Friday, November 04, 2005

Painful lessons...

I've been reading "Northern Farmer's" posts the last few days. Particularly, I've been most inspired by his ranting on debt. Unfortunately, many of us have been sucked into the black hole of credit debt, either from lack of discipline, or in some cases, out of necessity. Now, don't think I condone debt when I say out of necessity. Usually, out of necessity is because we weren't prepared in the first place or we were not taught as young men and women how to avoid debt.

Avoiding all the painful details, let's just say that Julie and I have incurred enough debt over our 18 and half year marriage to classify us as average Americans. This is the result of both, lack of discipline, and a few times, out of necessity. Despite both of us being raised in good Christian homes, proper handling of finances was not a well taught subject in either of our families. Needless to say, we had to figure it out for ourselves. Thank God, we now know what to do, and how to do it, but it is far more difficult to recover from debt than to have avoided it in the beginning. In our pursuit of Christian-Agrarian self sufficiency the top two items on our list were; (1) eliminate debt and incur no more, and (2) provide all the food in our house from our own farm or friends and neighbors' farms. Both can be accomplished at the same time, but the former was deemed our highest priority. Credit debt was in direct opposition to self sufficiency, so we decided it had to go now.

To accomplish this goal, we took on some off farm business to make an immediate impact. In addition to my engineering job, we teamed up with a friend and purchased a couple of fixer upper homes to remodel and sell. We have completed one of the homes and it's currently on the market, and have begun work on the second. It's not ideally what we would like to be doing right now, but we saw no other way to attack the debt without some fairly large amounts of money. God has blessed us with loyal, trustworthy partners that have made this possible, and we are thankful for them. Much of our time has been consumed; time that we would prefer to invest in our farm, but we realize that this extra work will make our dreams possible.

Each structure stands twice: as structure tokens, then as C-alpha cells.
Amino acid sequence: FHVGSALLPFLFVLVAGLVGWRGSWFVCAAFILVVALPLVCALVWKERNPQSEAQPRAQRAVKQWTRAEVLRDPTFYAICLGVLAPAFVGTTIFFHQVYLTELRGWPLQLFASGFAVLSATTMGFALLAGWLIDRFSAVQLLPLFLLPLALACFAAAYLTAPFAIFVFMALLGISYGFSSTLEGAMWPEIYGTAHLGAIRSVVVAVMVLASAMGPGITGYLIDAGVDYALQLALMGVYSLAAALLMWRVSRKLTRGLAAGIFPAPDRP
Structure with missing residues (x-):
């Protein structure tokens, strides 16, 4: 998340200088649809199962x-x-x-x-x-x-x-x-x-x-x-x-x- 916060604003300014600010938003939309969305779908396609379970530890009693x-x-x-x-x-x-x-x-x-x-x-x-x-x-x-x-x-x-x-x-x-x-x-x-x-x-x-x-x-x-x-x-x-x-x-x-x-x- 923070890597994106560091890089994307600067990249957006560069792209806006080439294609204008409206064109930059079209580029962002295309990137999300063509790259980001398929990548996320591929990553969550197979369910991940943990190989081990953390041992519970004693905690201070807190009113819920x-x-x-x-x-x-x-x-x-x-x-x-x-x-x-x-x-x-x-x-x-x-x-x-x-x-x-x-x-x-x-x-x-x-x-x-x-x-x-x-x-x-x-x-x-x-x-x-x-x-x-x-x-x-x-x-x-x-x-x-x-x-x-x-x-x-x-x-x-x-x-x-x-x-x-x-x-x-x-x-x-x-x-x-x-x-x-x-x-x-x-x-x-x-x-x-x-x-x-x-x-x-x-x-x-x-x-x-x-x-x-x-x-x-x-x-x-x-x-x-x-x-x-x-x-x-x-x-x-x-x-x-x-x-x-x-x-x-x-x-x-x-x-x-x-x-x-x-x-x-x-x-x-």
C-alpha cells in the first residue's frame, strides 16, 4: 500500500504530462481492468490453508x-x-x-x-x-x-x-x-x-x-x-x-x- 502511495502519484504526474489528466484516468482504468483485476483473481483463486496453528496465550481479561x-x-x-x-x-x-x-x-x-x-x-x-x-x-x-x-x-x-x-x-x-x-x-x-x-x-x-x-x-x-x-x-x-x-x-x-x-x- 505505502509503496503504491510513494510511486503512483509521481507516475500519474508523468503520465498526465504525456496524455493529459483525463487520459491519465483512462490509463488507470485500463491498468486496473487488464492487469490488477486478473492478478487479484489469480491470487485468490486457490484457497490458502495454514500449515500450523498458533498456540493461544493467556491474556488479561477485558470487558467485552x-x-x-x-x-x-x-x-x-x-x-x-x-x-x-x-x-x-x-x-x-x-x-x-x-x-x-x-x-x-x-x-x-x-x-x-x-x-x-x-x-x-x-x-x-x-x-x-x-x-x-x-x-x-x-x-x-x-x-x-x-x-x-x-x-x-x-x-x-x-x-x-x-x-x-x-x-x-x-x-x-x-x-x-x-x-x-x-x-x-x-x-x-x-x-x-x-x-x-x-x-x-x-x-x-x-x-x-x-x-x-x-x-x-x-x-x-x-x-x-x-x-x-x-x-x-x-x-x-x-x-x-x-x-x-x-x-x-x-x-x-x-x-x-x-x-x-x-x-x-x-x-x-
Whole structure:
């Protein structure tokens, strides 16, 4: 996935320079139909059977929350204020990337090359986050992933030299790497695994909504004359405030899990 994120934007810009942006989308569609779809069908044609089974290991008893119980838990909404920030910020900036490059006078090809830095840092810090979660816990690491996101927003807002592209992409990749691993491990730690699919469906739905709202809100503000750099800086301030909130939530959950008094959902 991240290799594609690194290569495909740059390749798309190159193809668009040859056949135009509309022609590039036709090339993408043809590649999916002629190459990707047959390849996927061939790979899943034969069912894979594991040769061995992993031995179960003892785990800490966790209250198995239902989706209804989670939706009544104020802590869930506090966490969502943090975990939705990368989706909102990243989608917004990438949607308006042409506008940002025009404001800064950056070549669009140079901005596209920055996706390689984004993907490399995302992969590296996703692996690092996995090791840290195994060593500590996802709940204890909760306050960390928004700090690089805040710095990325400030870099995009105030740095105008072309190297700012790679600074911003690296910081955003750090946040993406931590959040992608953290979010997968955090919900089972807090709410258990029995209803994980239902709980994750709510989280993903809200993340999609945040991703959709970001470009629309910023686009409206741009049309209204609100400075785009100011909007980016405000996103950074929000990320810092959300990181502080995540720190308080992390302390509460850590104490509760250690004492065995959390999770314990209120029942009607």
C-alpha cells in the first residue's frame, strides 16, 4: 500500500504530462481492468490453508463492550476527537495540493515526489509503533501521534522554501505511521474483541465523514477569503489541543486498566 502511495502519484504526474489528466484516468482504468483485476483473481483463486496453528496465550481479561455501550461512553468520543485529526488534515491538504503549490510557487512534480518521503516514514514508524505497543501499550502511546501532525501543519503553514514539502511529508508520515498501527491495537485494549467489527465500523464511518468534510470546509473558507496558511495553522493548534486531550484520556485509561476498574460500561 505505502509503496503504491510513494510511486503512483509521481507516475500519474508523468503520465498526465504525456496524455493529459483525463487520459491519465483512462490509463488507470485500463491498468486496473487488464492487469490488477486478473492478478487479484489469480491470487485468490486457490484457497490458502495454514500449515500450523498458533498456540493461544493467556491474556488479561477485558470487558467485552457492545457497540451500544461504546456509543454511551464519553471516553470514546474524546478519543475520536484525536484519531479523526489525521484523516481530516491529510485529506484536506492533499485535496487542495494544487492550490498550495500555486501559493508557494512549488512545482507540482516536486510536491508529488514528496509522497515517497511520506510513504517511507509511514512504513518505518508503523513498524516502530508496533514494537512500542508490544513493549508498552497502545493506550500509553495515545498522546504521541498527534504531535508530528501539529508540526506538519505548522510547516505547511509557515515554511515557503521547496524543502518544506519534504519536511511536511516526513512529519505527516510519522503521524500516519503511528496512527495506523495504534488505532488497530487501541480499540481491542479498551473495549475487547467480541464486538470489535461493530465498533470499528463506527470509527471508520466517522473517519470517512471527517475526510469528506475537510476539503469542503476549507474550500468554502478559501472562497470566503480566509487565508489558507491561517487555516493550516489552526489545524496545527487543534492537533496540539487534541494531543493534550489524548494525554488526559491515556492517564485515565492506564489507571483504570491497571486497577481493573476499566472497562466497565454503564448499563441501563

Living this way is painful, but it is the reward for our actions. All that spending must be paid for at some point, and we are at that point. Years of justifying purchases for various (often impatient) reasons are now causing us to wait on a Godly and wise move in our life. We are developing much virtue, finally. Oh, how much better it would have been, had that virtue been instilled by our parents. Which brings me to the point. As parents, one of the most important areas of teaching in our homes should be financial planning and understanding. We see an area where our parents erred and must not allow that error in our house. I intend to prepare my children with excellent knowledge of economics, purchasing, and financial planning. But, most importantly, imparting Godly Wisdom, on how to apply that knowledge.

Many view debt as a curse, I don't know if I agree with that or not, but it does feel like a curse when it is passed from generation to generation. I choose to take a stand and break that curse in my house, and free my children to live free of dependency on man's systems and be in deeper relationship with God.



Herrick Kimball said...

Well said Mike!

God bless you and your family as you endeavor to become debt free.

Scott Holtzman said...

If you feel a gentle 'nudge' at your elbow, don't be alarmed....that's just me and my wife there standing next to ya'!

It at time appears to be a long and trying road, but well worth the journey. We are applying the "Eat an Elephant" bite at a time.


The Jersey Homesteader said...

I really enjoyed reading your blog. It gave me much inspiration to keep going in the life God has gave me.

TnFullQuiver said...

Thanks for the comments and the support.

Anonymous said...


I just found your site and must say your family plans sound like you took them off our "idea board" here at our house.

I just wanted to encourage you, we spent 3.5 years paying off our debt, but it is possible and it feels great to do.

Like you, we did not have any training in this area. After we got our consumer debt paid for we went immediately into house debt, which was a big mistake! We are no more free than we were.

We are in the process of fixing that now three years later. We are also now have an 18 month plan that should move us out of the city limits and onto what we hope will be the farm our children will one day raise their children on!

This plan involves fixing up some houses as well... small world.

We are in Middle TN and my wife and I have blogs we try to keep up with. Beth has more info on the family than I do. Her's is:
and mine is:

I'd love to chat some time more about the farming.

Best Regards,

Paul TN